No More Heroes

I recently had two thoughts.

Thought 1:  I have grown weary of “thought leaders” and famous pastors.  Nothing new – I rant about that all the time – but they keep getting shoved in my face.  One, in particular, has “Stuff That Needs To Be Said” at the top of his website.  I also have pastor friends and colleagues who have started calling themselves “prophet” without disdain and bitterness in their mouths, a la Biblical prophets.

I decided to start discounting everything written by someone who calls themselves a prophet and everything written by people who have no humility.  Did I make a healthy or good decision?  Maybe, maybe not, but I just cannot do it anymore.  No one has exclusive knowledge of the will of God and no prophet wants the job – just ask Jonah, Isaiah, Jeremiah, etc.

Thought 2:  I idolize Fred Rogers.  Literally have a Mr. Rogers’ Neighborhood coffee mug sitting right beside me.  (Nora got it for me, and it features Fred switching from blazer to cardigan if you fill it with hot liquid.  I love it and will drink “church coffee” sometimes just to use it.)  I want my pastoral ministry to mirror and mimic his television ministry in terms of love, vulnerability, authenticity, and intentionality.  I do a thing – I think we all do – where I look at my ministry and I compare it to my exemplar, in this case Fred Rogers.

Guess how I see myself stacking up?  I am a grumpy, curmudgeonly pastor for 33 years old; Fred certainly was not.  I certainly do not live up to the image of Fred Rogers, even if I wear the cardigan and have a warmth of curmudgeonly attitude.

I will always fall short of the example of a man lifted to be about a quarter of a step below Jesus, especially since my ministry will always look radically different than his and I have responsibilities I think he would have struggled with given his attitudes and personality.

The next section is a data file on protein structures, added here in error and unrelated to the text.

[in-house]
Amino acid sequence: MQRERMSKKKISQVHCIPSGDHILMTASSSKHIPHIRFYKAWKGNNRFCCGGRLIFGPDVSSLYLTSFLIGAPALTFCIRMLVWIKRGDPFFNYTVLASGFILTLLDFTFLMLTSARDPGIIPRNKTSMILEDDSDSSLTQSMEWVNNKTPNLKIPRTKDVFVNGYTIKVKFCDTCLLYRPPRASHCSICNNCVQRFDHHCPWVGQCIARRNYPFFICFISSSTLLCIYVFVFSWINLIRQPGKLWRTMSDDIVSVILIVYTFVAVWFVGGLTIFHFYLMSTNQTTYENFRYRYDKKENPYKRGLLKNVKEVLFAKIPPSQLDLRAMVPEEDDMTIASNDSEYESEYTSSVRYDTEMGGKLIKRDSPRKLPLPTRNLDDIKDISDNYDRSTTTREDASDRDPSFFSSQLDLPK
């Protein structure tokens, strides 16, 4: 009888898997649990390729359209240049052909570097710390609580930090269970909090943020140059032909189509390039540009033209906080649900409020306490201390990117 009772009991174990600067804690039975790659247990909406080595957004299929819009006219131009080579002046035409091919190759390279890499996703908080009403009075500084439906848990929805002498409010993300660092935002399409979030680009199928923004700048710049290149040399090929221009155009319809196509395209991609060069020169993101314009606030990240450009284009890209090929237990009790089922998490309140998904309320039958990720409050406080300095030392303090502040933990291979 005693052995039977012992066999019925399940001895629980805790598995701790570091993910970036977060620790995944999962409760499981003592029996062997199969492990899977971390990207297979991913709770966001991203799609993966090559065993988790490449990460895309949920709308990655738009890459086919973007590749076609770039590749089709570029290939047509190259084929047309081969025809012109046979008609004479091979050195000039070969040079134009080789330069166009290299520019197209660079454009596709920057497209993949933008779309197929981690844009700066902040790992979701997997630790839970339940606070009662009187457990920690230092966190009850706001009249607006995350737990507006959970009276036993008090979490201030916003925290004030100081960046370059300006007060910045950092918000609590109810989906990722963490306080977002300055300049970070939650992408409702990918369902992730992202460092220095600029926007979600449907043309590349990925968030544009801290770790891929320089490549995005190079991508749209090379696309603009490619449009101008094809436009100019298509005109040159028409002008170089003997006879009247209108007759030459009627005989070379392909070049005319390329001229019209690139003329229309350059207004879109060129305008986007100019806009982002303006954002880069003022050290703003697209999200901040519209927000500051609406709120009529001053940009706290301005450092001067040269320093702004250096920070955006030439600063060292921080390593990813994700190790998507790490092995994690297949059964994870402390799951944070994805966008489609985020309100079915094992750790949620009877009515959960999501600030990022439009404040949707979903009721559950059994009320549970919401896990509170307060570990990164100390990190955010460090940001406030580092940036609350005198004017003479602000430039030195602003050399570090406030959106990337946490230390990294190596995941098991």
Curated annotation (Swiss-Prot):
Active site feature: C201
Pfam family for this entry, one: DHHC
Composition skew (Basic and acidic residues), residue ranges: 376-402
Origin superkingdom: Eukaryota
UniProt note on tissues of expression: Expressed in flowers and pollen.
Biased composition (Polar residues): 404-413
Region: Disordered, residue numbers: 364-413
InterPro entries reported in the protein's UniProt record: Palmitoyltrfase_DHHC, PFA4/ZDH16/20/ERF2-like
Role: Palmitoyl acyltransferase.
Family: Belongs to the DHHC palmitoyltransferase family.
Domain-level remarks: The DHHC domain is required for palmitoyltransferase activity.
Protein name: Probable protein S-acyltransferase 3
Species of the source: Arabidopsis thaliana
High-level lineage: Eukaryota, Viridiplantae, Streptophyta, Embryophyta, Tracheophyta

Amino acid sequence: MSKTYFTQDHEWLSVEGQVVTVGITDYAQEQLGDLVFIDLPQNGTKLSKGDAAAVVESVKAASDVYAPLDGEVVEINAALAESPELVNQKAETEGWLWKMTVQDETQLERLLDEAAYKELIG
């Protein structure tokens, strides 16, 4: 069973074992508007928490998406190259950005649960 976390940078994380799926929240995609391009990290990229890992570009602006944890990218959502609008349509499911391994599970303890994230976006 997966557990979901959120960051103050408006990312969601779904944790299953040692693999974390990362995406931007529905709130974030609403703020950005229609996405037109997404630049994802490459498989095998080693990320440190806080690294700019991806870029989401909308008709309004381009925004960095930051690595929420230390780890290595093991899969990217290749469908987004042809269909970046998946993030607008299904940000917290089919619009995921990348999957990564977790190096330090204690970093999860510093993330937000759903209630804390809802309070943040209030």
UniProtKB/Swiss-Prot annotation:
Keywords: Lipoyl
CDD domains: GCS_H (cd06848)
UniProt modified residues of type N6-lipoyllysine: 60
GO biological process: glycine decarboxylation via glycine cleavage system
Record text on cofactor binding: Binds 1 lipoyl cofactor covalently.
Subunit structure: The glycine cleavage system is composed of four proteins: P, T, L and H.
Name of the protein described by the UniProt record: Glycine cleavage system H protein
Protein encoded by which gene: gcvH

Breath Break: As I got to this point, this wonderful song started going through the headphones. Prepare yourself for the Early-00’s music video goodness!

I realized, in a moment of clarity, both thoughts come from the same coin.  Humans have this problem with deifying other humans.  We lift people to god-status and allow them to direct us as if they have a special link to the Holy Spirit and the Word of God.  Oddly, but unsurprisingly, the people we place in those ivory towers tend to benefit – richly – from our deification of them.

But what about people like Fred Rogers?  Yes, he got to do something amazing for his entire career and had people to support him, but he wanted almost nothing to do with the fame it gave him.  Should we not try to live up to his standard?

We forget that everyone is fallen and sinful, even those we lift as great.  I bet, if we had a conversation with Joanne and his sons, we might see a man, lovely and wonderful, but just as flawed and broken as the rest of us.  And, if he had the humility I believe he had, he would want nothing more than for us to be the best versions of ourselves, not a version of ourselves that matches him.

In my younger years, I had a wise attitude – even if it came from a place of hostility and arrogance – that I would have no heroes.  Every human fails us, and, if we cannot live up to the example of another human, we do not know the fullness of their humanity.  Yet, as I grew up, matured in faith, and became good at a ministry, I decided to cast idols in the forms of humans instead of being the best version of myself.

I did this with a pastor and author, recently, and I had a friend very aggressively destroy that idol – from personal experience – for me.  I forgot how much I value humility and lifting other voices in my colleagues, and I wonder why I could not see the absence of those things in my idols.  (I know why I idolized this person – and I still think they did something I want to learn from – but these things mean to much more to me than success.)

And again, the ones who will not fail us as idols want nothing more than for none of us to idolize them.  True prophets do not want the role of prophecy – and give all honor to God.

No more heroes, just good people we learn from and see as human – flawed and loving all the same.

No idea if this makes sense – and this is a first draft – but I recently made myself a promise that I would write and blog more, and they can’t all be zingers. Thus, I published…

Peace,
– Robby

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